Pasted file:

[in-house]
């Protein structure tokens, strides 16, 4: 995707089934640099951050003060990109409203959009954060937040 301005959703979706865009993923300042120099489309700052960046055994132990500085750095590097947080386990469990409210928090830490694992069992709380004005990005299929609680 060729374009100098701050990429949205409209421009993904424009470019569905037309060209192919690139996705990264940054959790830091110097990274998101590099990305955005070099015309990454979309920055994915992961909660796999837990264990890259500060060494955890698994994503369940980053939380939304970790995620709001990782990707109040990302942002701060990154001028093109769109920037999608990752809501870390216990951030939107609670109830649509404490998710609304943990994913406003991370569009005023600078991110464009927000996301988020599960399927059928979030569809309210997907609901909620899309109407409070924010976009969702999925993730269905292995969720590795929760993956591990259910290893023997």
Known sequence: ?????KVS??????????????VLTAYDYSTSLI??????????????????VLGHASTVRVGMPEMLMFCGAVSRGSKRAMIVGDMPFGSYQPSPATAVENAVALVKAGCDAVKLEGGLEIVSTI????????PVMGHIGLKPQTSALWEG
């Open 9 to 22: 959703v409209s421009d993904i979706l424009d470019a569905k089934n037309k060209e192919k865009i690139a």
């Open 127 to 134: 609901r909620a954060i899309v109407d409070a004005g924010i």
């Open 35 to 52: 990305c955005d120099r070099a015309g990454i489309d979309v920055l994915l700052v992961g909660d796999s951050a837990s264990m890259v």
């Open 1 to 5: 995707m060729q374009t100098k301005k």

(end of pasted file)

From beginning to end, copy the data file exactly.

[in-house]
């Protein structure tokens, strides 16, 4: 995707089934640099951050003060990109409203959009954060937040 301005959703979706865009993923300042120099489309700052960046055994132990500085750095590097947080386990469990409210928090830490694992069992709380004005990005299929609680 060729374009100098701050990429949205409209421009993904424009470019569905037309060209192919690139996705990264940054959790830091110097990274998101590099990305955005070099015309990454979309920055994915992961909660796999837990264990890259500060060494955890698994994503369940980053939380939304970790995620709001990782990707109040990302942002701060990154001028093109769109920037999608990752809501870390216990951030939107609670109830649509404490998710609304943990994913406003991370569009005023600078991110464009927000996301988020599960399927059928979030569809309210997907609901909620899309109407409070924010976009969702999925993730269905292995969720590795929760993956591990259910290893023997």
Known sequence: ?????KVS??????????????VLTAYDYSTSLI??????????????????VLGHASTVRVGMPEMLMFCGAVSRGSKRAMIVGDMPFGSYQPSPATAVENAVALVKAGCDAVKLEGGLEIVSTI????????PVMGHIGLKPQTSALWEG
């Open 9 to 22: 959703v409209s421009d993904i979706l424009d470019a569905k089934n037309k060209e192919k865009i690139a």
């Open 127 to 134: 609901r909620a954060i899309v109407d409070a004005g924010i």
């Open 35 to 52: 990305c955005d120099r070099a015309g990454i489309d979309v920055l994915l700052v992961g909660d796999s951050a837990s264990m890259v």
């Open 1 to 5: 995707m060729q374009t100098k301005k």